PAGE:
The top Republican on the Senate Judiciary Committee rejected a request from the incoming Democratic chairman to hold a quick hearing for President Joe Biden’s attorney general nominee, Merrick Garland, punting the potential confirmation until after the the impeachment trial for former President Donald Trump.
Sen. Lindsey Graham, the outgoing committee leader, responded to a letter from Sen. Dick Durbin, who will soon lead the panel but hasn’t taken the reins yet because a power-sharing agreement in the evenly divided Senate has not yet been formalized, telling the Illinois Democrat that a quick one-day confirmation hearing next Monday before the Senate trial begins on Tuesday is not acceptable.
“I agree completely that Judge Garland deserves a hearing — even a prompt one. However … a one-day hearing as you are proposing the day before the impeachment trial of a former president is insufficient,” Graham said Monday night. “The last five nominees to be attorney general all received two-day hearings. Although I am very inclined to support Judge Garland, I have many questions for him, including how he intends to handle ongoing investigations at the Department of Justice as well as the threats of extremism on the far left and the far right.”
Graham added: “Your request is highly unusual. The Senate is about to conduct its first ever impeachment trial of a former president, and only its fourth trial of a president, incumbent or not. Under the procedure the Senate has adopted, Donald Trump’s trial is set to start on February 9. But you want us to rush through Judge Garland’s hearing on February 8. An impeachment is no small thing. It requires the Senate’s complete focus. This is why I didn’t consider any judicial nominees during last year’s impeachment trial. Democrats do not get to score political points in an unprecedented act of political theater on one hand while also trying to claim the mantle of good government on the other.”
The Democratic-led House voted to impeach Trump was an article accusing him of inciting an insurrection; 10 Republicans voted in favor of impeachment. Trump has called the impeachment a “hoax” and his new legal team has taken the same stance as Graham in arguing that impeachment proceedings against a president who is out of office is unconstitutional.
Durbin sent a letter to Graham earlier on Monday, saying “there is simply no justification for delaying Judge Garland’s hearing any further.”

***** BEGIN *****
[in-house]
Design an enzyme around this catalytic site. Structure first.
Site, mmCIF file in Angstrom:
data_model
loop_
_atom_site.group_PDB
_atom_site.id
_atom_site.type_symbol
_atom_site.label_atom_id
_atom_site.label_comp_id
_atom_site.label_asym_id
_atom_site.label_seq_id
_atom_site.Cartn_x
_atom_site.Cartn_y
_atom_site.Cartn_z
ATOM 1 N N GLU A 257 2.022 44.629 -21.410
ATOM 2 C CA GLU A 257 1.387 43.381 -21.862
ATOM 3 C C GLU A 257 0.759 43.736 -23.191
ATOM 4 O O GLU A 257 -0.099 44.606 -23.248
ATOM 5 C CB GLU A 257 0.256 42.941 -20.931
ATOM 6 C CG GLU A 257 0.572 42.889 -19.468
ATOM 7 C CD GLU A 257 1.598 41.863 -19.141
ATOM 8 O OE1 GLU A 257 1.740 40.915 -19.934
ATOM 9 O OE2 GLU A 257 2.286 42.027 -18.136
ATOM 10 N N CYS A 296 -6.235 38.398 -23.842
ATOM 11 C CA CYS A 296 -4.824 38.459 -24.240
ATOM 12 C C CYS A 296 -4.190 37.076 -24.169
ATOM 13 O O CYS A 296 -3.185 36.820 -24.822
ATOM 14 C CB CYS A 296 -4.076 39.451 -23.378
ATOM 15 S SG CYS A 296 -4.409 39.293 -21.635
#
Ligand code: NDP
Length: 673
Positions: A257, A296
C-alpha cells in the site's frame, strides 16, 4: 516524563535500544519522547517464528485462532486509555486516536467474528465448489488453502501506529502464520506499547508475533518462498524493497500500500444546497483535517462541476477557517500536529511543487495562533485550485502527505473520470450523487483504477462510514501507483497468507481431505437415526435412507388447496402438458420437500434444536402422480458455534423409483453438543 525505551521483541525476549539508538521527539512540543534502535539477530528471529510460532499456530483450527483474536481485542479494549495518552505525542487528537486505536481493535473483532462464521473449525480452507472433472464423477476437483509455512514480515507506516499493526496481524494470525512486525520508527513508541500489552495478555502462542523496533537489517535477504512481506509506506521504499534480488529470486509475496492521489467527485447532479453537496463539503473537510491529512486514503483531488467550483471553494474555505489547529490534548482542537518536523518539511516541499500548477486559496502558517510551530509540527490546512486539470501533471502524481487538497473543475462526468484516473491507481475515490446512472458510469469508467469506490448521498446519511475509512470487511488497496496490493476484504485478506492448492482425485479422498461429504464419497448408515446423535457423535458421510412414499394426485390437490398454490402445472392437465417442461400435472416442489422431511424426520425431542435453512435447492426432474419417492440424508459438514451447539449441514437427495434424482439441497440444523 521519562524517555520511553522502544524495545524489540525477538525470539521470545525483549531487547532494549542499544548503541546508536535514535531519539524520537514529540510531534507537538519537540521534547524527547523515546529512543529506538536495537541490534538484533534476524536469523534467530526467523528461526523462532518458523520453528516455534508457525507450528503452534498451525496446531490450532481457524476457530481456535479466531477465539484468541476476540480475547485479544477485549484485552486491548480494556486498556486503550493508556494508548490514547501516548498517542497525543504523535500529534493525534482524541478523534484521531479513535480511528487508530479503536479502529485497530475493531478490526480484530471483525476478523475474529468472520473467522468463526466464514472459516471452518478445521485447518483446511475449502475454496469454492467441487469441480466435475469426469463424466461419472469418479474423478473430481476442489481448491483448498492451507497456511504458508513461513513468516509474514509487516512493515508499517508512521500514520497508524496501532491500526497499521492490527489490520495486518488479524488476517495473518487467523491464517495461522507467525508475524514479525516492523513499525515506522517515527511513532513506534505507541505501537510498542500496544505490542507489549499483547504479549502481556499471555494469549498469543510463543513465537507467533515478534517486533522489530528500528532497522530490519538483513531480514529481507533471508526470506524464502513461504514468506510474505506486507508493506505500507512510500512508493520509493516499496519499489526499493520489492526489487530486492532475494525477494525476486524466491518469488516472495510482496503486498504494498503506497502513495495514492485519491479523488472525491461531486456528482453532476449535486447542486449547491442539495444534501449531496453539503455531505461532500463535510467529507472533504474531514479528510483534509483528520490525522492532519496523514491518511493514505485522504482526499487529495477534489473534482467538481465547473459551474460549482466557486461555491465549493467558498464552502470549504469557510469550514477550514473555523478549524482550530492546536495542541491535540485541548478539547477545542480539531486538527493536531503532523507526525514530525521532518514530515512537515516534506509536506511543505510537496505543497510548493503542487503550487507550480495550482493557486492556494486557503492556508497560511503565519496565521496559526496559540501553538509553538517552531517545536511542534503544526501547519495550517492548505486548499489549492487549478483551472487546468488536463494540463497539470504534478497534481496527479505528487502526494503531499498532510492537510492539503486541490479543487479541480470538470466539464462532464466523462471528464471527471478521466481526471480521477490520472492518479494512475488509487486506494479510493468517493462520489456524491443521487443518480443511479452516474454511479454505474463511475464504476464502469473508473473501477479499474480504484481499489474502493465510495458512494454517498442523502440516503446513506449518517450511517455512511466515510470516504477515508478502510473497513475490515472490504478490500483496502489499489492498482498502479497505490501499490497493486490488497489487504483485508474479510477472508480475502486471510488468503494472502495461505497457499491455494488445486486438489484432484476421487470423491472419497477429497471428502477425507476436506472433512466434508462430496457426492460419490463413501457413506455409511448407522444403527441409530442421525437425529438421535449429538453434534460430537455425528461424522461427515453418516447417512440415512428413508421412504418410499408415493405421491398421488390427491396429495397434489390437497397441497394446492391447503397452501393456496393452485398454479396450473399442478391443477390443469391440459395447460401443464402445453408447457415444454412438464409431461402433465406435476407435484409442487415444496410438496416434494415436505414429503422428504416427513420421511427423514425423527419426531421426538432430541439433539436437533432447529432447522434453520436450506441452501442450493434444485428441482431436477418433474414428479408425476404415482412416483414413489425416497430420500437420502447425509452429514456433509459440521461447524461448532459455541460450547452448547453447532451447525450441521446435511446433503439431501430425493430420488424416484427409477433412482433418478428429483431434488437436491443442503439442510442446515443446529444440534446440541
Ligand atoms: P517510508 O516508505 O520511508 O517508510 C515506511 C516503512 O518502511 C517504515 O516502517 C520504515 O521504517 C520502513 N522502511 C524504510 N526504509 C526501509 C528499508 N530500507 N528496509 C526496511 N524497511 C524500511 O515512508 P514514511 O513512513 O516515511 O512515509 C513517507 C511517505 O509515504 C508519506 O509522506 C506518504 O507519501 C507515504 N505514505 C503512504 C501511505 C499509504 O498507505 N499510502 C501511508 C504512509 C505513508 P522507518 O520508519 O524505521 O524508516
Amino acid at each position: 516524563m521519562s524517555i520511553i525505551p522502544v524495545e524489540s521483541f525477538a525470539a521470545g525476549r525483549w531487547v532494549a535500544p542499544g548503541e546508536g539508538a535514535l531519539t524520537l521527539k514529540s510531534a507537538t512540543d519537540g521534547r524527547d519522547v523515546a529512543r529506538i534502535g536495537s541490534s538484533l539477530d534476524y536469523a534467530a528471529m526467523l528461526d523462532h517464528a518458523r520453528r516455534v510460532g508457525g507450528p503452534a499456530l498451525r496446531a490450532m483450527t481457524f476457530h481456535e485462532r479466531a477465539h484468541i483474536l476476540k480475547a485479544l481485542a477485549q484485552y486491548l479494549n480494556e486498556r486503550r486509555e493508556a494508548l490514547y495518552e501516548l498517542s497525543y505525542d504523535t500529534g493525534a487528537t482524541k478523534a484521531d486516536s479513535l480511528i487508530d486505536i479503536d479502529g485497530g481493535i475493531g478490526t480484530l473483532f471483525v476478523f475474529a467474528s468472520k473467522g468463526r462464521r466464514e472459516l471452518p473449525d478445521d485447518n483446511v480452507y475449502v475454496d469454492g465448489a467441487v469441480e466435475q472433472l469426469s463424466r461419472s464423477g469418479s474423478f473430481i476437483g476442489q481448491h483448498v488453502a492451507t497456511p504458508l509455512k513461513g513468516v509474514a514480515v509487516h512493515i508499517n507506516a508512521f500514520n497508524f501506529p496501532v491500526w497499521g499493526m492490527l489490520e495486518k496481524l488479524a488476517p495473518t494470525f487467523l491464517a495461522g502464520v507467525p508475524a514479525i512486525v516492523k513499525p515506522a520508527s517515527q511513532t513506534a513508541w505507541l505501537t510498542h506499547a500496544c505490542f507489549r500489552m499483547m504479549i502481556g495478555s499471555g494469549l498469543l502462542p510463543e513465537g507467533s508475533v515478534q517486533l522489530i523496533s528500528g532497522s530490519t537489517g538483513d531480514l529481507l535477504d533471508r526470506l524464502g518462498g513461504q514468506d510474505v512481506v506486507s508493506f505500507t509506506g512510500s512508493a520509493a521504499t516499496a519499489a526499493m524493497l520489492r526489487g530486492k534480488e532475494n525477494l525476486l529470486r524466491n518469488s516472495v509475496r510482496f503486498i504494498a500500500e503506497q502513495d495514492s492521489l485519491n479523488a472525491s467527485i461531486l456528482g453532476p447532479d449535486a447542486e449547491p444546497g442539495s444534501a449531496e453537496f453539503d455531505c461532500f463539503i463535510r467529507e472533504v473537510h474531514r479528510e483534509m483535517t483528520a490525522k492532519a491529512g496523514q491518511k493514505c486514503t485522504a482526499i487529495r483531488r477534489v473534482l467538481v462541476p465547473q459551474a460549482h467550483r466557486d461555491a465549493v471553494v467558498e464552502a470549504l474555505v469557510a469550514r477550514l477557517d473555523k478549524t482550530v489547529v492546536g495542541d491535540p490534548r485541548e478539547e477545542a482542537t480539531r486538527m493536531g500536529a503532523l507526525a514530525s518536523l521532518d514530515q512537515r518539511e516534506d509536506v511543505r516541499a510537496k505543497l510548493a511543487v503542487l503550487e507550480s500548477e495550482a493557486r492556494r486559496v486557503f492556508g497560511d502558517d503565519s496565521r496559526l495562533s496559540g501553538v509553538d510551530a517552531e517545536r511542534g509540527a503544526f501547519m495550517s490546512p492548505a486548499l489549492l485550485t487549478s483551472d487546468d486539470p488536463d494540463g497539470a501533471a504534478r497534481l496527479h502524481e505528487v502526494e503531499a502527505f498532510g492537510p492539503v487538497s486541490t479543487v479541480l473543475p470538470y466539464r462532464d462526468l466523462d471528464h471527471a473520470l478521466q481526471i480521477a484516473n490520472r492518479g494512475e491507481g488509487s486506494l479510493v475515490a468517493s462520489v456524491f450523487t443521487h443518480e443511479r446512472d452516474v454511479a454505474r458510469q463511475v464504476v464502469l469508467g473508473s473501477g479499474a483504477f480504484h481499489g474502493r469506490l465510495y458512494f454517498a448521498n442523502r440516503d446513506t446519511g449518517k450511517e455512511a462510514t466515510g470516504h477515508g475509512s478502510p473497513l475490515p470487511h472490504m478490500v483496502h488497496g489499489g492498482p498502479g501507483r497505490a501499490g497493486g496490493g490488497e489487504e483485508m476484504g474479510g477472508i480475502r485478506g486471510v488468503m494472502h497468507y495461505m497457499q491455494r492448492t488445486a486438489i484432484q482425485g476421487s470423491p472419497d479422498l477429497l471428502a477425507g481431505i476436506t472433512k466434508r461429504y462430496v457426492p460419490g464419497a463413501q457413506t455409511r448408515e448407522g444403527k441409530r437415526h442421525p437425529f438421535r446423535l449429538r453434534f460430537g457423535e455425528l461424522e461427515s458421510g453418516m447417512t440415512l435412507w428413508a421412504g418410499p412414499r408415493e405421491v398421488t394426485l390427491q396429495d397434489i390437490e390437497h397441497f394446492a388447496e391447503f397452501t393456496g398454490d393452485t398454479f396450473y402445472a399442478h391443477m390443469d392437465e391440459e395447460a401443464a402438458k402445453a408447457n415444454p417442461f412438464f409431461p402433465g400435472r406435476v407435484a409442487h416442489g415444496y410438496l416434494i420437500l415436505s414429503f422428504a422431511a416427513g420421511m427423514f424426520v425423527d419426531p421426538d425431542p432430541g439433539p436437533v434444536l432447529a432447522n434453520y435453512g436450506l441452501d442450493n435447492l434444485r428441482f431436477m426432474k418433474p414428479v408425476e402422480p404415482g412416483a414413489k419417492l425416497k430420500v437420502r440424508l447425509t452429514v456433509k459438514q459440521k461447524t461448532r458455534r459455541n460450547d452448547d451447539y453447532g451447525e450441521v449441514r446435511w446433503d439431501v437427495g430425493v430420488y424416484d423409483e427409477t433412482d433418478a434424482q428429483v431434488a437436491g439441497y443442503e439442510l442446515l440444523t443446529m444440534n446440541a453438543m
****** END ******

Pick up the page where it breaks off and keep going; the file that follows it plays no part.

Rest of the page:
“Given the Attorney General’s role as the nation’s top law enforcement officer, this Committee should promptly consider Attorney General nominees as a general practice,” Durbin told the South Carolina Republican, adding that “the events of January 6” — when a large crowd rioted on Capitol grounds and stormed the Capitol Building as members of Congress counted the votes certifying Biden’s victory over Trump — “made even clearer the need to quickly process Judge Garland’s nomination.”
Garland, a Harvard Law School graduate and judge on the U.S. Court of Appeals for the District of Columbia Circuit who was former President Barack Obama’s ill-fated 2016 nominee for the Supreme Court who never got a confirmation hearing or vote, would take over at a contentious time for the Justice Department if confirmed.
The Justice Department said last week that 400 subject case files have been opened so far with more than 150 cases with federal charges and that “specialized teams” were considering “seditious conspiracy” charges and were still investigating the deaths of U.S. Capitol Police Officer Brian Sicknick and Trump supporter Ashli Babbitt. Sicknick died on Jan. 7 “due to injuries sustained while on-duty” after he was “injured while physically engaging with protesters,” according to Capitol Police. Babbitt, an Air Force veteran, was fatally shot by an officer while attempting to enter the House chamber through broken windows. The pipe bombs found by investigators outside the headquarters for the RNC and DNC had been planted the night before the storming of the Capitol.
Durbin offered up three main arguments for holding a one day confirmation hearing in one week — first, that holding it Monday would meet Graham’s desire for it not to occur amid the Senate trial; second, that holding it in a week “affords ample time” to review Garland’s record; and third “and most importantly — to delay Judge Garland’s hearing jeopardizes our national security” because the attorney general “oversees a multitude of Justice Department components and agencies that are vital to protecting the homeland from threats both foreign and domestic.”
But Graham rejected these arguments. “The last five attorneys general — Bill Barr, Jeff Sessions, Loretta Lynch, Eric Holder, and Michael Mukasey — all had two day hearings,” he said. “It isn’t clear to me why Judge Garland’s extensive record deserves any less.”
“The reason we can’t give Judge Garland two days next week is, of course, that Senate Democrats voted to proceed with former President Trump’s impeachment trial on February 9,” Graham said.
“I look forward to questioning Judge Garland and potentially supporting his nomination, but not on February 8,” he added, concluding by saying that “proceeding with the confirmation of an attorney general and the impeachment of a former president at the same time would give neither the attention required.”
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